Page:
Road test: Volvo’s XC60 is an

Road test: Volvo’s XC60 is an SUV without excuses

Big SUVs can be controversial to own. This one from Volvo, isn’t.

Road test: Volvo’s XC60 is an

The luxury SUV. So necessary and sensible for South African conditions, yet so contentious.

Car enthusiasts lament the exitances of large SUVs, because they are ungainly, especially when driven in a spirited manner. Environmentally minded people look at them dismissively, for their sheer size and weight.

But is there is great compromise luxury SUV? The answer, for the best part of a decade, has been Volvo.


Volvo’s Scandinavian design philosophy prioritizes passenger comfort and a humble, yet elegant, vehicle presence. The brand not bothered with brash details or ridiculous vehicle proportions. It uses simple and clever architectural principles, to make the brand’s luxury SUVs look good, without being offensive to people who do not like cars.

We spent some time driving Volvo’s XC60 T6 Geartronic AWD R-Design. The XC90 might be larger, but for most garages, private or public, it is a touch too big.

Volvo’s designers and engineers have taken everything that is brilliantly appealing about the XC90 and scaled it down a touch in length and weight.

Finished in a vivid metallic blue and rolling huge 21-inch alloy wheels, the XC60 with its R-Design finish does not lack for a sense of occasion.


The interior design is terrific too, as one has come to expect from Volvo. I first encountered the vertically orientated Sensus infotainment screen system back in 2015. Trend analysts will tell you that technology ages rapidly, especially user interfaces. Despite this, I find the Sensus system brilliantly intuitive to use even five years late.

Powering the XC60 is an interesting engine configuration: a dual-charged two-litre turbopetrol. South Africans will remember that VW marketed a dual-charged 1.4-litre engine a part of its original Tiguan, but then discontinued it.

Combining a super- and turbocharger is not easy, but Volvo’s engineers have seemed to solve the complexity of this configuration. The XC60’s 2-litre engine is very potent for its size, boosting 235kW and 400Nm.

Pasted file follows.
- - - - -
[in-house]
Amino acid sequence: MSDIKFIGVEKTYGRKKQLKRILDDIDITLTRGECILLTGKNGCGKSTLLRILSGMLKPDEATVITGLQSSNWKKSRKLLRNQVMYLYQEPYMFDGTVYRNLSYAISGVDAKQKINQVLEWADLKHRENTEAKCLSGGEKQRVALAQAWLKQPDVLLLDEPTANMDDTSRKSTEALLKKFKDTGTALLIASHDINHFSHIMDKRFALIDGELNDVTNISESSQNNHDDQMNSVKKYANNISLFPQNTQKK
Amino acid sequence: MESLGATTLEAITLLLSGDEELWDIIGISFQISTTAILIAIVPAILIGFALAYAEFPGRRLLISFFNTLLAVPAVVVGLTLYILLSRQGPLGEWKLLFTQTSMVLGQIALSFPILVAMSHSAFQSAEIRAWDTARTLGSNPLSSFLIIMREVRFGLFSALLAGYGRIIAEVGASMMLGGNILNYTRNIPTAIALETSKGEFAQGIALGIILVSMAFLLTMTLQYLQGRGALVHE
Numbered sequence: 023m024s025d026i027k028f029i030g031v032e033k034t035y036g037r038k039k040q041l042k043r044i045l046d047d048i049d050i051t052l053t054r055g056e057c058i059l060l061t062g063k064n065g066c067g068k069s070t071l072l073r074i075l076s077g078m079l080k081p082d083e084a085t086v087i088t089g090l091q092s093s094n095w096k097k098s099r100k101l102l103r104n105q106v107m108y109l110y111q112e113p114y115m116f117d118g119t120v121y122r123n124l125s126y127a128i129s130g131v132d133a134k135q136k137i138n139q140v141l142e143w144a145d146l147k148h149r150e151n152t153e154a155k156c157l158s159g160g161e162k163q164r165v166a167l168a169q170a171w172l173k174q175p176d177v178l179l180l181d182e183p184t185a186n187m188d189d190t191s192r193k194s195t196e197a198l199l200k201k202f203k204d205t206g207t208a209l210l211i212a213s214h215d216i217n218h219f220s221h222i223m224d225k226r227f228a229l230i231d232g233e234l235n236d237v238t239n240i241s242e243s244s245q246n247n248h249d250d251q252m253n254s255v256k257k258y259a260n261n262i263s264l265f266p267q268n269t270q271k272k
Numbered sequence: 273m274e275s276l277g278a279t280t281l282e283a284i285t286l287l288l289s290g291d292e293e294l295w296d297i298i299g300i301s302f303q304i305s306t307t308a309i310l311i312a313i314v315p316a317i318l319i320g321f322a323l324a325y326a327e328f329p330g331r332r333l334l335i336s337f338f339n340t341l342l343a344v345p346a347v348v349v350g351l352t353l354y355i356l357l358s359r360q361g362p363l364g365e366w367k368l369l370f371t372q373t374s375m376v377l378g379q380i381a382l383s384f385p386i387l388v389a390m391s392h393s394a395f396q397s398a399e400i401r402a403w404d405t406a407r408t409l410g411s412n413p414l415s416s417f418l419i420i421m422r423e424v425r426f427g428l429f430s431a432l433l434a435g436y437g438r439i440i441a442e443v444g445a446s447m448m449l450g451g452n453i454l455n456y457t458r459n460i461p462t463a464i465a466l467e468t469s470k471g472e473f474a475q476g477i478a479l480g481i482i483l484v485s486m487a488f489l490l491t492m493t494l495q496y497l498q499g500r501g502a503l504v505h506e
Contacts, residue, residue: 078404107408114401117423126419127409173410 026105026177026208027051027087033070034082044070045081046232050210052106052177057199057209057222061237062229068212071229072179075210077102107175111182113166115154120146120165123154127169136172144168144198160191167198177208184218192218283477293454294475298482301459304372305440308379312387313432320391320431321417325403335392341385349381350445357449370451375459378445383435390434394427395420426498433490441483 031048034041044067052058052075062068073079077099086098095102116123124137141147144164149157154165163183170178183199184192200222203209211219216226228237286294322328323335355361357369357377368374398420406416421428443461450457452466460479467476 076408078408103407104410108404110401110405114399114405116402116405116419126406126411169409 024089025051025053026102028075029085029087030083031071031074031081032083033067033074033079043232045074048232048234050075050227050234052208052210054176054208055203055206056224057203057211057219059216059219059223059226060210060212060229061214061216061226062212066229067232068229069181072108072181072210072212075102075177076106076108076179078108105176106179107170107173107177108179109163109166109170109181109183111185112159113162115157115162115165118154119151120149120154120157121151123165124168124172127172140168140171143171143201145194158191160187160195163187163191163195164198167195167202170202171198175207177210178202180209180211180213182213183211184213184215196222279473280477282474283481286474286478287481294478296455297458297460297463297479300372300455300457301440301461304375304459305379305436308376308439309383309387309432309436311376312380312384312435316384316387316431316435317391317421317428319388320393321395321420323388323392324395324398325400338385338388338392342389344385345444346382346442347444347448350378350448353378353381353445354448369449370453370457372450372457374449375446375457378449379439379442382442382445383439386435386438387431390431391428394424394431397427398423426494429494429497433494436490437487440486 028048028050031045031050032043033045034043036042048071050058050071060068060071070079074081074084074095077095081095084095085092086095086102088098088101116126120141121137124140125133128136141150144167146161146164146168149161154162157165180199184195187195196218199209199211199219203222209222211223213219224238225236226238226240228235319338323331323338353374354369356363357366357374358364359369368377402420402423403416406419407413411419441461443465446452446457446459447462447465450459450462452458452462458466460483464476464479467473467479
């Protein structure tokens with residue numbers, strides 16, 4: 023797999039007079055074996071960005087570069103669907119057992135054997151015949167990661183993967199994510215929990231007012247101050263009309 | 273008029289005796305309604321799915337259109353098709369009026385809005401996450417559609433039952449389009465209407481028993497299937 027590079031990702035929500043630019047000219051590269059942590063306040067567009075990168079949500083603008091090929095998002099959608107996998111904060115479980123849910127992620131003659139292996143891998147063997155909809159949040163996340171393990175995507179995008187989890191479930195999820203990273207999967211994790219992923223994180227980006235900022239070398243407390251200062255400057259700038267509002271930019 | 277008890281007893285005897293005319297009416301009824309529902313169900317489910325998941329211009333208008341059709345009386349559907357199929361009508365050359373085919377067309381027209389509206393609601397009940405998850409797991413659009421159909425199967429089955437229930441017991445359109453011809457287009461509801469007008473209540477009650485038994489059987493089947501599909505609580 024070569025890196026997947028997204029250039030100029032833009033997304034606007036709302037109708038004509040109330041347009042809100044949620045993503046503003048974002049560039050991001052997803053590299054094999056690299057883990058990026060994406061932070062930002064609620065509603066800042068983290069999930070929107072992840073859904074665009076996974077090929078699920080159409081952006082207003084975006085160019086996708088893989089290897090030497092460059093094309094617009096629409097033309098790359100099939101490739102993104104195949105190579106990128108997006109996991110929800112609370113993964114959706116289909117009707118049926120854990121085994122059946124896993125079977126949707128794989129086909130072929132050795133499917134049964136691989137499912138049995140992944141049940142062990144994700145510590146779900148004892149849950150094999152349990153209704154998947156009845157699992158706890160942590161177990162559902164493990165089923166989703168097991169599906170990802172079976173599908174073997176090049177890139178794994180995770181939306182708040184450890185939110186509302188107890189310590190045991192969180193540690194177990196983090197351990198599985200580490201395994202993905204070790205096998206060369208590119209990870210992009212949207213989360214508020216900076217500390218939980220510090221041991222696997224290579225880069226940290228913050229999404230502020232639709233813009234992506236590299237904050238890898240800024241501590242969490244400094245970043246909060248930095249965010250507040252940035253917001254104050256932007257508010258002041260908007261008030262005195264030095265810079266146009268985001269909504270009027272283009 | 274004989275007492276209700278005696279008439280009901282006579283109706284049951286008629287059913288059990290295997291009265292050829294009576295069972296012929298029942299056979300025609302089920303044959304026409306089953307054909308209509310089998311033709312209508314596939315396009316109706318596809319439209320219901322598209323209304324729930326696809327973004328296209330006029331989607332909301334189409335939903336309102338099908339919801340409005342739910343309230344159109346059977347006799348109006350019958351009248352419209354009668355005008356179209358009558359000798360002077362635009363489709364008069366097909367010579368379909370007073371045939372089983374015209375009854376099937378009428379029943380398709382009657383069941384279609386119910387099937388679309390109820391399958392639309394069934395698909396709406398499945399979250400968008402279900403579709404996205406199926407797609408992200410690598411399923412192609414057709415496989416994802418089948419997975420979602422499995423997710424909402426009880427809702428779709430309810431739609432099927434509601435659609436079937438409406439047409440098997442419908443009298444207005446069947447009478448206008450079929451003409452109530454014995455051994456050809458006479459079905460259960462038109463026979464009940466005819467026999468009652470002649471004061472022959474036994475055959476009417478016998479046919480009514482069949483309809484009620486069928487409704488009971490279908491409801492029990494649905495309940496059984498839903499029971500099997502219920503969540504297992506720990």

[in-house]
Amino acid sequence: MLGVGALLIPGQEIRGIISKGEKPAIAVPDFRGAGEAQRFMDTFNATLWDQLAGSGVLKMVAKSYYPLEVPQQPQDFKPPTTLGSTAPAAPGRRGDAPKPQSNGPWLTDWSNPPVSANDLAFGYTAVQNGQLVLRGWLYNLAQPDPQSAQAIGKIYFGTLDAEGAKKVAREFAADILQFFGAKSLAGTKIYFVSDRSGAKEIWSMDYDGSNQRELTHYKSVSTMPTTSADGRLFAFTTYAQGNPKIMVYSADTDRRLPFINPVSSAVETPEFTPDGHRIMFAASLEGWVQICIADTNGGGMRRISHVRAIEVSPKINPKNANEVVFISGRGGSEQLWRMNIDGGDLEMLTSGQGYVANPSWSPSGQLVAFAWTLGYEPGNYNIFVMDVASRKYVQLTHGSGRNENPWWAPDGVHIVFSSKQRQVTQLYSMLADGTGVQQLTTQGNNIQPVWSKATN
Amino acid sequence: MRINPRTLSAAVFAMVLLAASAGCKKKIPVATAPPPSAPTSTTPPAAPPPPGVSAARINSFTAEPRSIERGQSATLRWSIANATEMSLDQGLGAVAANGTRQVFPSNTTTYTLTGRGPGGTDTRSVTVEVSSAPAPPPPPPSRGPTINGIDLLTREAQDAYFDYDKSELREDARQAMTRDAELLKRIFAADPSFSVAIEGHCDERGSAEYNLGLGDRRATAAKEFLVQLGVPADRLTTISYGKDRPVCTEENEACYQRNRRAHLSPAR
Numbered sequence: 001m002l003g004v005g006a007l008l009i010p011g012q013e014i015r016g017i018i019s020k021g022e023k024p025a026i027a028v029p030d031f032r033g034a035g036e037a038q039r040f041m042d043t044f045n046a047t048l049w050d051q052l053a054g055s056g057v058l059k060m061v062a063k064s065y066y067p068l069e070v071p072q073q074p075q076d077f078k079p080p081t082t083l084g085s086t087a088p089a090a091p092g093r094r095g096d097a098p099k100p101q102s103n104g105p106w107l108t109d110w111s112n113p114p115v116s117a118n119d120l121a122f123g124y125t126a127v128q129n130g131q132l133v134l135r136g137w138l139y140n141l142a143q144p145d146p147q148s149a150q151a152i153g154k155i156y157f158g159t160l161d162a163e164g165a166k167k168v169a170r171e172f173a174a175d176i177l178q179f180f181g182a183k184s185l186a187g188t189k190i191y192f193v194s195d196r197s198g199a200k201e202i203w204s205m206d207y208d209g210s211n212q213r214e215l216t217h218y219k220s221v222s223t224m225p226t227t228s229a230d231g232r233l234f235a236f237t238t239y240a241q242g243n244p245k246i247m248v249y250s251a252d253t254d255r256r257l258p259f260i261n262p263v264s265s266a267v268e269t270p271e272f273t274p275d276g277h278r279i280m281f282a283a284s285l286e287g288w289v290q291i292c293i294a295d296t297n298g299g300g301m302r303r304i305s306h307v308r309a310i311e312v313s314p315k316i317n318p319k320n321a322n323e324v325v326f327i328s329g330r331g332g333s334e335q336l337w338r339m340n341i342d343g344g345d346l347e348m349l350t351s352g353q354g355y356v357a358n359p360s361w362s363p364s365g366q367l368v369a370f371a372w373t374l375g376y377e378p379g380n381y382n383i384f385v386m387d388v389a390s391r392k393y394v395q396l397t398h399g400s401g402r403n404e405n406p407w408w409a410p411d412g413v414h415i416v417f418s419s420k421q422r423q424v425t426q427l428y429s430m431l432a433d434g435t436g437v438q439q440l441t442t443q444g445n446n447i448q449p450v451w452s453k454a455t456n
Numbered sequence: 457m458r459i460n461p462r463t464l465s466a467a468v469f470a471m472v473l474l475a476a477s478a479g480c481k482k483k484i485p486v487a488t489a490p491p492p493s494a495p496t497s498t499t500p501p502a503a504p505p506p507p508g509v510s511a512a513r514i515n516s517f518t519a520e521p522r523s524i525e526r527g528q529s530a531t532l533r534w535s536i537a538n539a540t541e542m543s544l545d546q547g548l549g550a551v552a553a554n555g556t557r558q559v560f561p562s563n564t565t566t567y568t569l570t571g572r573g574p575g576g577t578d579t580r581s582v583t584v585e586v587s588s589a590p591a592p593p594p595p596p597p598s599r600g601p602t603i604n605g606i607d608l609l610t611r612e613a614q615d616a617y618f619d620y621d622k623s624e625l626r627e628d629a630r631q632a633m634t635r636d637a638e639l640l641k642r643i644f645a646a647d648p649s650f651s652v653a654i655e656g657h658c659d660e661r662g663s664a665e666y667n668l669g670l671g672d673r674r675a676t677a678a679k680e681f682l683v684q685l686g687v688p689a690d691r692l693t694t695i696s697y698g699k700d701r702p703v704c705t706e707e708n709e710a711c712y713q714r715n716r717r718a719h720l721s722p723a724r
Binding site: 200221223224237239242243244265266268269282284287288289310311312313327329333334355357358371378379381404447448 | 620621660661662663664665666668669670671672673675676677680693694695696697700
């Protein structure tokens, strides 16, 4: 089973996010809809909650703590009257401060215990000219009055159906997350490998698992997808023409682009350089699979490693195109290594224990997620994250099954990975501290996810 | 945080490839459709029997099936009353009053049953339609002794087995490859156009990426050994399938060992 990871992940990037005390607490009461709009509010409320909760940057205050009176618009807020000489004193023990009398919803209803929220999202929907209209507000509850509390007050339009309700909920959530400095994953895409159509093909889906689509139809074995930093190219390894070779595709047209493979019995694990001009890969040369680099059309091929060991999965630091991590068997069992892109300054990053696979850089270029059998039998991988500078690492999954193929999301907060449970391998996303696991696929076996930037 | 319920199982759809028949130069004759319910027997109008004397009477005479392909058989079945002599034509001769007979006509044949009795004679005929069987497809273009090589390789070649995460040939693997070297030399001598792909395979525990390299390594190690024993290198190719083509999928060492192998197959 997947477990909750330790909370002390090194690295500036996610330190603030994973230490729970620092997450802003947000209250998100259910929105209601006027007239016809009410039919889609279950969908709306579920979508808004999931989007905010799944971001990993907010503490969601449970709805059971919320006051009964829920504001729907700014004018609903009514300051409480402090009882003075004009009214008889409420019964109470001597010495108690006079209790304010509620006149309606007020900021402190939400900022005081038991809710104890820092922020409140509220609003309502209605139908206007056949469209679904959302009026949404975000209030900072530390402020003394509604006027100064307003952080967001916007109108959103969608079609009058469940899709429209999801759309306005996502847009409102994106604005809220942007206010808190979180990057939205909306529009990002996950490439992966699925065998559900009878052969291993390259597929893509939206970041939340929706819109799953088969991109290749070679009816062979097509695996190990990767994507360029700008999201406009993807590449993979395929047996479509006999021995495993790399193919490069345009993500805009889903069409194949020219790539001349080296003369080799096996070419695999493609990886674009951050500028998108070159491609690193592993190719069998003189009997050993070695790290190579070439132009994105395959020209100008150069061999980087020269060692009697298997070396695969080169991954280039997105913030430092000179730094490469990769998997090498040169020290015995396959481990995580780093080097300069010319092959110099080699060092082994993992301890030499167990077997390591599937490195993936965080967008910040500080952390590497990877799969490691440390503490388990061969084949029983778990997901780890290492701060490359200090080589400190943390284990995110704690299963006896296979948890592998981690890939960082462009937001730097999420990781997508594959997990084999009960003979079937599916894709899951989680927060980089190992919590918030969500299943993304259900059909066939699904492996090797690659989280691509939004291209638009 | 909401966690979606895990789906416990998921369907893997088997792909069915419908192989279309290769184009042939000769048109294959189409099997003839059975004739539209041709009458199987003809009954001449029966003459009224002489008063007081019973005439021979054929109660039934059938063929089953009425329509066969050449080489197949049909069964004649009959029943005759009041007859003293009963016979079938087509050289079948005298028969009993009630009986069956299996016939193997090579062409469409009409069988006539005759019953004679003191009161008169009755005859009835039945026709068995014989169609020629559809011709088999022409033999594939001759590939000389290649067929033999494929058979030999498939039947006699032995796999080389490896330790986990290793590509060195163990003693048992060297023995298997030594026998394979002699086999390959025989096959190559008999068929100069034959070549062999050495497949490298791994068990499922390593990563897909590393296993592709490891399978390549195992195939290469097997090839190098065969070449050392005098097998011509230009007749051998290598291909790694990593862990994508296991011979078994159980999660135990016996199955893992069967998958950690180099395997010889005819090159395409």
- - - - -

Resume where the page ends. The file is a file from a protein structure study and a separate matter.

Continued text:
It always feels ready to provide adequate torque, with much of that credit going to the presence of a supercharger, that boosts from idle before the turbocharged adds more power as engine speed increases.

The eight-speed automatic gearbox is ideally matched to the engine’s output curves and you never suffer that annoying throttle creep or snap-response, which can be a bane of large SUVs with small capacity engines.


Volvo’s opted for a relaxed steering geometry and very bump-compliant suspension, instead of doing what most German rivals do: by overdamping their SUVs, to deliver excellent cornering poise, but invalidating gravel road driveability.

The magic element in Volvo’s XC60, is without question the air-suspension system. I believe that if air-suspension is available, on any vehicle, it should be the first option among equals in your up-spec budget. It makes an enormous difference by smoothing out bumps and helping the XC60 track with wonderful stability, through high-speed corners.

Our XC60 test unit was fitted with an array of options, swelling its list price of R882 700 to R1 1045 600. At R26 750, we would keep the air suspension, but probably lose the R19 500 panoramic sunroof, which is a bit pointless in sunny South African conditions.